Culture at the Center of Economic Development, Stability and Growth

  •  Miguel Cerna    


This paper stresses the importance of culture in understanding and, perhaps more accurately, predicting economic development. It’s intended to initiate, or re-initiate, the discussion of culture as the core of economic development, stability and growth.

My interest in the discussion of the economy is from a behavioral perspective, taking behavior as an outcome of culture, a factor that remains neglected in most economic literature explaining or forecasting the economy. It seems to me that because the existent literature in economics remains incomplete in terms of culture, predicting the success or failure of any economic model, applied within different cultural settings, may be inaccurate. Hence, the fundamental assumption presented in this document is that different regions in the world develop different economic levels due to cultural differences. I take example in East Asia in general and China in particular to explain cultural factors that have contributed to the economic development in the region.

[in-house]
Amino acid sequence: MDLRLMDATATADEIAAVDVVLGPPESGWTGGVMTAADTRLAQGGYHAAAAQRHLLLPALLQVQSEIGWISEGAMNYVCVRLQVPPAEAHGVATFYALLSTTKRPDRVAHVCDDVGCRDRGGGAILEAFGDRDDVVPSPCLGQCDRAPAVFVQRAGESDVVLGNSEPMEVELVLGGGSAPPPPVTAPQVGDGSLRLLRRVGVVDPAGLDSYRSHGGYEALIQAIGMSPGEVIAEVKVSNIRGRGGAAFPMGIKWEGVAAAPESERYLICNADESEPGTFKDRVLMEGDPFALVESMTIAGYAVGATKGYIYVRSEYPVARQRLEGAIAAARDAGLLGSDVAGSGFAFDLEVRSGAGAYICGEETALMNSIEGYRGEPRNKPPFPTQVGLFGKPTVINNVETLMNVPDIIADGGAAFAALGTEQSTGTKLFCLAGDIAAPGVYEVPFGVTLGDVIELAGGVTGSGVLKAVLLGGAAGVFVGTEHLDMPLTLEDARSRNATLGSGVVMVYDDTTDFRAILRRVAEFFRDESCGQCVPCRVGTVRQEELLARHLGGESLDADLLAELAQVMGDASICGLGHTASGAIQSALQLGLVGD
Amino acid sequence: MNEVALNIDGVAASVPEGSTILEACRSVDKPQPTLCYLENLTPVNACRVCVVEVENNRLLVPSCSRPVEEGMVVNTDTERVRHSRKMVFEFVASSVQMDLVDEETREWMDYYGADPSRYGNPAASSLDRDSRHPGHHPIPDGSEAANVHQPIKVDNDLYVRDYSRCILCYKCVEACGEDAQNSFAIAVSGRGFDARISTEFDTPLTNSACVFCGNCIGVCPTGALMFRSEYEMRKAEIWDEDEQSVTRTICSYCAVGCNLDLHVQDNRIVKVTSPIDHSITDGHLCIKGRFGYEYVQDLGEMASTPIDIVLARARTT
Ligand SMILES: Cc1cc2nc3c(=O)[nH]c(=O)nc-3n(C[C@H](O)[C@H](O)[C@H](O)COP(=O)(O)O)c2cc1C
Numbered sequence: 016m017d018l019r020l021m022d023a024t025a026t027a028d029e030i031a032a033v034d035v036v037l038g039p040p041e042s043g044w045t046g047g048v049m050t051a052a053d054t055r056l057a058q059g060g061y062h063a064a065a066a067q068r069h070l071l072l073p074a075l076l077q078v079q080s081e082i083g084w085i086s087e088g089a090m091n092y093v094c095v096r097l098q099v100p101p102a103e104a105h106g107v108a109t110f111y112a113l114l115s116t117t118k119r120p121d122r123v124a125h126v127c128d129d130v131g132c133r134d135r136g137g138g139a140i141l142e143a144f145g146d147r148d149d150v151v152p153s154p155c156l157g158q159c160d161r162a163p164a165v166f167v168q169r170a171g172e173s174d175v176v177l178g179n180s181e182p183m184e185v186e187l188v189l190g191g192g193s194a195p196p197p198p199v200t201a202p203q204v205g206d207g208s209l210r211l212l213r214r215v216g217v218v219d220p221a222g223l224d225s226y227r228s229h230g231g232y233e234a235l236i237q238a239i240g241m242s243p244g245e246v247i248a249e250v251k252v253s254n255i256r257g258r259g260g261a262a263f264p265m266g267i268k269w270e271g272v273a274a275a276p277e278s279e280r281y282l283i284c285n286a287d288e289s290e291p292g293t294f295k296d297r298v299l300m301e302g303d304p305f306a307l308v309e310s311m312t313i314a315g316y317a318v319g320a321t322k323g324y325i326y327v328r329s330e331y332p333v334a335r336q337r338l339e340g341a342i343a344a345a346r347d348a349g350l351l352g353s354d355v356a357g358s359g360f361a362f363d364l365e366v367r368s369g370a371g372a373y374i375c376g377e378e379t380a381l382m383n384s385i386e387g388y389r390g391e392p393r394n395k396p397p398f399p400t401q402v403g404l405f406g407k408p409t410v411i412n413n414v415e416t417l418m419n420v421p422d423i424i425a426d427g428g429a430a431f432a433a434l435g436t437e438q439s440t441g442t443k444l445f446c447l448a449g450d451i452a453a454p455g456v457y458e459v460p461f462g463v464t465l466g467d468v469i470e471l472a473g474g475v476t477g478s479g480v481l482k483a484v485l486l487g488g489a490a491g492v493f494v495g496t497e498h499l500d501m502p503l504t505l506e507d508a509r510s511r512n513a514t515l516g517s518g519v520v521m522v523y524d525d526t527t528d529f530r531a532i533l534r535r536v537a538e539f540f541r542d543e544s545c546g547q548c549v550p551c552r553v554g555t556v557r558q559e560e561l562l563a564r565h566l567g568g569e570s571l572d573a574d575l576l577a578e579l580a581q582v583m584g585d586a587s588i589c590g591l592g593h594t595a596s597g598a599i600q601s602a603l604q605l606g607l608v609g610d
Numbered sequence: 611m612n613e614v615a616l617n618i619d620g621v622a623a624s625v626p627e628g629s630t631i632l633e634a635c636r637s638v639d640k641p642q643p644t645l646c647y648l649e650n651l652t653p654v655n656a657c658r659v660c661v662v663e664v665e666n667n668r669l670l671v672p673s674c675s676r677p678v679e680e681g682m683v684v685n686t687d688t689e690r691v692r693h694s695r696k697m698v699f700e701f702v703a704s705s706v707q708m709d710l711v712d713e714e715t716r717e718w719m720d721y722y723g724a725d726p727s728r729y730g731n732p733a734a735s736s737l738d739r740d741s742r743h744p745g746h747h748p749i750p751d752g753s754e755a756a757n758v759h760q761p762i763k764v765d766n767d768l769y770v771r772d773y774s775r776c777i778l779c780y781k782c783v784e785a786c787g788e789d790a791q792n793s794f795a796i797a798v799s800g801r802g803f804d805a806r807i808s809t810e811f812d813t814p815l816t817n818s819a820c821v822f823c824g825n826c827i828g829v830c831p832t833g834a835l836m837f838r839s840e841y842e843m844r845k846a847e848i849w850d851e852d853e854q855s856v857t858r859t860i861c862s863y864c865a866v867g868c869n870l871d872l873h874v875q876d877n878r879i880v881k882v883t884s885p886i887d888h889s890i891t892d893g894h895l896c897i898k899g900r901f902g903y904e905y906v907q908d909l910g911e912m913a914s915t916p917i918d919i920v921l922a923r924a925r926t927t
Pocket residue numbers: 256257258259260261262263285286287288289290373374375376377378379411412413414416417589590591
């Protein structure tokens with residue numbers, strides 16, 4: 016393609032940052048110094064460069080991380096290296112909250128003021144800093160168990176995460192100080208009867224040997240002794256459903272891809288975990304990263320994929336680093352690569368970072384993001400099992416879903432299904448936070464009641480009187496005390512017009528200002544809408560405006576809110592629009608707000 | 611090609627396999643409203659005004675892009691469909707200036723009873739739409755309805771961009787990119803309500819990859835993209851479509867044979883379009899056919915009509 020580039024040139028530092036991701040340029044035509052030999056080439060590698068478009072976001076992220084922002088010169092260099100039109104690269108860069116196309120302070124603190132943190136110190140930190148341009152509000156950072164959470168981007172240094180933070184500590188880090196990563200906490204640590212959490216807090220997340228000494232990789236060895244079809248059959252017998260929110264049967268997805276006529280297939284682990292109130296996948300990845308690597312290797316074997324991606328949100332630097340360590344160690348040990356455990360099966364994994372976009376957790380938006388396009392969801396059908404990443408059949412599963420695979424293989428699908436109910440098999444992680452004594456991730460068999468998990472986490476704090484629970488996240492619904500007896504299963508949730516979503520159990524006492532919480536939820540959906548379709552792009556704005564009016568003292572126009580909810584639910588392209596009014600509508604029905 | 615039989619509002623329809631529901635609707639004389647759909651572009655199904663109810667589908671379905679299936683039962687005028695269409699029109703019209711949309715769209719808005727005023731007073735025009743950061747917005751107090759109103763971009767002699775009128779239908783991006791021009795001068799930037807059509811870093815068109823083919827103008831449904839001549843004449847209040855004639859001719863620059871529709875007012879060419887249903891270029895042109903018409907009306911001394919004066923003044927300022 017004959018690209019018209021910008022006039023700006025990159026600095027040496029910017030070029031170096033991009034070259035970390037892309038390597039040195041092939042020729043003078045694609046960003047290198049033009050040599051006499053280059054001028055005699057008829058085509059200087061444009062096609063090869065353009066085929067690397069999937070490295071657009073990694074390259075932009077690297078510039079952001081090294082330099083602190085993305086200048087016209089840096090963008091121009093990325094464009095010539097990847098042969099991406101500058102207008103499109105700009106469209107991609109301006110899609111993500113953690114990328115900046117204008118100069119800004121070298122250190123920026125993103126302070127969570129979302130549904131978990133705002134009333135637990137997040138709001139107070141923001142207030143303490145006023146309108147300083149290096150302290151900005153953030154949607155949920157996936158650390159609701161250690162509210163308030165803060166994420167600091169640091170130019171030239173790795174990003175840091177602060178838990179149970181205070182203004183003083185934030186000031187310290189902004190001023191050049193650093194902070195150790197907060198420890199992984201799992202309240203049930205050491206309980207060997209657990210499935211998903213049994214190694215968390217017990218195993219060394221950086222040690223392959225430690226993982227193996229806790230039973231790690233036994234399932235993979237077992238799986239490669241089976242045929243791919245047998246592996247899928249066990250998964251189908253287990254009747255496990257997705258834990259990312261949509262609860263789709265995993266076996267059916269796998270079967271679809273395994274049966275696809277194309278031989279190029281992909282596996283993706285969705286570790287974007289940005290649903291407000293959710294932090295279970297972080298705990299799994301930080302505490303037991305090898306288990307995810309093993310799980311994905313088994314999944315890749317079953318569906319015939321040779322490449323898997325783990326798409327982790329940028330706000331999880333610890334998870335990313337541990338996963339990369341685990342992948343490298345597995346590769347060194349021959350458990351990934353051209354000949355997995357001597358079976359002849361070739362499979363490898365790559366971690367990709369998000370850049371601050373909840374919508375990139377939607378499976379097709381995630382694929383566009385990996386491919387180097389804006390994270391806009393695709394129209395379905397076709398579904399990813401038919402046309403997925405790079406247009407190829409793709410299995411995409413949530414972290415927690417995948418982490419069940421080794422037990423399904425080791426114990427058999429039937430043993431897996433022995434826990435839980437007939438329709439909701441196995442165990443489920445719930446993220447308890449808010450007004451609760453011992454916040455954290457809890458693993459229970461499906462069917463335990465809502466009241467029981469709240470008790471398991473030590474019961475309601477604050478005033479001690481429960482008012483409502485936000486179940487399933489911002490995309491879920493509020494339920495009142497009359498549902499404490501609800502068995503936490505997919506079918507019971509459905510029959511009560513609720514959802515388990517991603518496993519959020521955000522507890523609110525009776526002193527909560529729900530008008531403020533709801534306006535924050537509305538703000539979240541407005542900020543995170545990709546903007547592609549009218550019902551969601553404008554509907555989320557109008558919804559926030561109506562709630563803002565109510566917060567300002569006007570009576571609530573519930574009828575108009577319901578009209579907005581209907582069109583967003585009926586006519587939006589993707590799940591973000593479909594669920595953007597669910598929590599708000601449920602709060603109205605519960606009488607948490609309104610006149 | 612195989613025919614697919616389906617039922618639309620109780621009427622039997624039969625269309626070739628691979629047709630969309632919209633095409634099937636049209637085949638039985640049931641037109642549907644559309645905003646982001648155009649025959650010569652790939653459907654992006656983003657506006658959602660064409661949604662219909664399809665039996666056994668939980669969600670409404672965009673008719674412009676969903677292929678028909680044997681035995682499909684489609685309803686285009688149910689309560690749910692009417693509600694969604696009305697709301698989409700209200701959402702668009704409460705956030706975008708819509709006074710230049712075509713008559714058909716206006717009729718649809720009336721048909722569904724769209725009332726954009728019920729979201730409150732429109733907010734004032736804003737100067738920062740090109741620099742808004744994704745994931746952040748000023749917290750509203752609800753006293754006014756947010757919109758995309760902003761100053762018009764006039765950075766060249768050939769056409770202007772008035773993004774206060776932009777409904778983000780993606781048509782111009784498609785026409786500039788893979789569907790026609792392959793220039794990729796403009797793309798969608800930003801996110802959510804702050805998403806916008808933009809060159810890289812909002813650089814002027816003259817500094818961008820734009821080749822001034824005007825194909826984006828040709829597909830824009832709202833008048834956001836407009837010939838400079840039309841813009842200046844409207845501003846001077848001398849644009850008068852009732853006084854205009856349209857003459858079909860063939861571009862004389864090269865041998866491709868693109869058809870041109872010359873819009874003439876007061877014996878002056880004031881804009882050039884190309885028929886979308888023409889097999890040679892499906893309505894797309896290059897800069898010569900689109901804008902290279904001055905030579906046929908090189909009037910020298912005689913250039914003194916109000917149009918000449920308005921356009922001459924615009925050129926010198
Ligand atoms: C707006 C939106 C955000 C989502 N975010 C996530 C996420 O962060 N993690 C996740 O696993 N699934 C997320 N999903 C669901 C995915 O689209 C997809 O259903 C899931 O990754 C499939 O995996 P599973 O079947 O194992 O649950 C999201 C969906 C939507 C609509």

The following discussion has been divided into five parts, as follows: First, an introduction to the main arguments. Second, a short discussion of the definition of culture developed by several scholars in the past. Elaborating on those earlier definitions, I propose a definition that may best suit the economic issue at hand. Third, a review of some of the most important economists and their key arguments, upon which I elaborate from a cultural perspective. Fourth, a discussion of East-Asian countries and China’s economic development from a cultural perspective. Fifth, my conclusions and a proposed model that includes culture as a factor in the decision-making process when choosing an economic strategy and its corresponding models.

This work is licensed under a Creative Commons Attribution 4.0 License.